It makes all that grinding seem worthless. What’s the point of collecting everything, buying everything and powering yourself up like a demon, only to die in trivial circumstances and lose it all? And fine, your sword powers up but what use is that when enemies power up with you, meaning that any advantage you would expect to gain from all that painstaking hacking, slashing and grinding is rendered worthless?
There is a lot to like here. The puzzles are excellent and the world itself is fun to explore with plenty of hidden rooms and secrets. But with the clock continually ticking, you rarely feel you have the time to properly let loose to explore. And whilst we’re at it, what’s with the repeat animations? Every time you respawn the weird moose head guy appears and trawls through the same unskippable script. Then you have to go to the graveyard to retrieve your sword before you can get back into the action. Trust me, after half a dozen respawns you have seen the routine enough and you just want to get back to questing without this tedious charade of grave robbing. Map traversal is helped with the aid of a kazoo bus you can call on but again the animation cycle insists on playing through in full whilst loading times between screens can often take an age, just a black screen and some background sounds to let you know the PS4 hasn’t died.
It’s certainly pleasing on the eye, the cartoon styled visuals and bonkers side quests lending the game a quaint charm. I found the scripting a little juvenile, a one note joke that soon wears thin but at least there is no mood-ruining speech. Instead a gentle ditty plays throughout, accompanied by the clang of steel and a triumphant blast whenever you find loot in one of the many boxes dotted around.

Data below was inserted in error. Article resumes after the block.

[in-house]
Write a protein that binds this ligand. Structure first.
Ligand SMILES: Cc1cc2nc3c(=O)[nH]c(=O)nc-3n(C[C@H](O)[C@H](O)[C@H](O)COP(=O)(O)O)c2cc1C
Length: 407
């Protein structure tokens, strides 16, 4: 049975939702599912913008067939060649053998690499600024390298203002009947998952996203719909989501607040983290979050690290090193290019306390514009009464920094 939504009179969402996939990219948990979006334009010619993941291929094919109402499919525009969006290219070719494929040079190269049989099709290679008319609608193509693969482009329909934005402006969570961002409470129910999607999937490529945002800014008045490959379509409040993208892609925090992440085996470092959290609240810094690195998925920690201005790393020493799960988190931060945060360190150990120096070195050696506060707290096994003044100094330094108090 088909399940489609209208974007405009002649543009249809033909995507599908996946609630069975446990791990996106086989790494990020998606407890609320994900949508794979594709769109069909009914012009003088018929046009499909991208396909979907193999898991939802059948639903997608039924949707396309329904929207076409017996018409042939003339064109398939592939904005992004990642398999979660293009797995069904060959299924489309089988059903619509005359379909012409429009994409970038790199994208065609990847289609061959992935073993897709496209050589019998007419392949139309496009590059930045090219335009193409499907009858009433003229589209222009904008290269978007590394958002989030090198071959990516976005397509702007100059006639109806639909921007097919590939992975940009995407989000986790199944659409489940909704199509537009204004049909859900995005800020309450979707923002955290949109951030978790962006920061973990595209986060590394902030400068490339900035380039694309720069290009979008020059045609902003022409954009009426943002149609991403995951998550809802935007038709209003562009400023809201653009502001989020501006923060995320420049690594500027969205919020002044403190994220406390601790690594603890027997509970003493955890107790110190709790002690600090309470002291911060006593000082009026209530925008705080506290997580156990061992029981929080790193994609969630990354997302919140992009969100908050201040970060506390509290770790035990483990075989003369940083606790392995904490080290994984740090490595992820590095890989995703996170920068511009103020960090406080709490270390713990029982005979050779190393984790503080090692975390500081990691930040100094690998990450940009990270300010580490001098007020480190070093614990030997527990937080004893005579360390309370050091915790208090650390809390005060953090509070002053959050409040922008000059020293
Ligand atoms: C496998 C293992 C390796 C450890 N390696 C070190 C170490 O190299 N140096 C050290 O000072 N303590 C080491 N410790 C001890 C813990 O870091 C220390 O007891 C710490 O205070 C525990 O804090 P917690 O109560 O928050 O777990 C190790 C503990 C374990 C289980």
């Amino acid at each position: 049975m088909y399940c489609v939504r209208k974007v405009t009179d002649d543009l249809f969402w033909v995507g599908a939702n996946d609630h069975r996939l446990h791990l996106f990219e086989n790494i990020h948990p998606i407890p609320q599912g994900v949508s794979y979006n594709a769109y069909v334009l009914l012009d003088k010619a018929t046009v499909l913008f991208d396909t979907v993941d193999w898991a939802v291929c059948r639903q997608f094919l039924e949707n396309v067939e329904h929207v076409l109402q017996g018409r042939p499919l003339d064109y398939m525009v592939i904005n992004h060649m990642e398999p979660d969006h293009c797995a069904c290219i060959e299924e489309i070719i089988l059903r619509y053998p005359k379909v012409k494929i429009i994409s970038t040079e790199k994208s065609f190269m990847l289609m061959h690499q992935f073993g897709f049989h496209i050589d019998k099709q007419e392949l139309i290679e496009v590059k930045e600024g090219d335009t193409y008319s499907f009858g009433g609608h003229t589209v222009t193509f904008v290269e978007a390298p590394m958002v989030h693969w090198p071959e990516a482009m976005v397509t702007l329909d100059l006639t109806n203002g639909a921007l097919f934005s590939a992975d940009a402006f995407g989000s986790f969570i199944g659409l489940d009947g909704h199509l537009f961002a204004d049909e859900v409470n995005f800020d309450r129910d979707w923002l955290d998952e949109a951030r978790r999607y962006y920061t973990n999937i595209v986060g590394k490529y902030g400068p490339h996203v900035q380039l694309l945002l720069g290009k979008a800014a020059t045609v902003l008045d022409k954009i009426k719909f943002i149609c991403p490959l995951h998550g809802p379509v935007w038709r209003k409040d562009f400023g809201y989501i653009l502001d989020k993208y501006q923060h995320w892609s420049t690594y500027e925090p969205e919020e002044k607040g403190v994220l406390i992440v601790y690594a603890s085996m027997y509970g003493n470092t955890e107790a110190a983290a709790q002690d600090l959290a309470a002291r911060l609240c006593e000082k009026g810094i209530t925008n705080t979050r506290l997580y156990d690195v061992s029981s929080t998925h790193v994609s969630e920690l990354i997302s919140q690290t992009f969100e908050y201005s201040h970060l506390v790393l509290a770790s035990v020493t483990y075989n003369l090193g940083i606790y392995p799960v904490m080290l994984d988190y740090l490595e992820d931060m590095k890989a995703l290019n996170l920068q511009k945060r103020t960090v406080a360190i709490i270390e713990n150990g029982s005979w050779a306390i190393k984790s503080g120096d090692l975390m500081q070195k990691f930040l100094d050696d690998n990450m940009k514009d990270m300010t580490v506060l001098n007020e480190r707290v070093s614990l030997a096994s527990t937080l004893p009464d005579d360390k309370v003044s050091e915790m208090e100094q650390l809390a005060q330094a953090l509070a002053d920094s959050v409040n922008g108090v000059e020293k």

This is a tough one to sum up. I’ve spent a few hours with it and largely enjoyed myself despite making almost no progress whatsoever. Most of my time has been spent wandering aimlessly, dying, grinding and sitting through animations I’ve already seen. In between I’ve found fun hidden rooms and taxing puzzles, coming dangerously close to completing my first proper quest without ever getting anywhere near Mormo herself. I didn’t have a clue what I was doing for most of my time with it yet still found it strangely compelling and intend to go back for more. The short time frame of each run through also makes it handy for bursts of quick play without the need to set time aside for a marathon session, as well as giving you the freedom to vary your approach each time.
Quirky and fun in patches, there are enough flaws that keep it from securing a strong recommendation, many of which could likely be addressed with subsequent updates.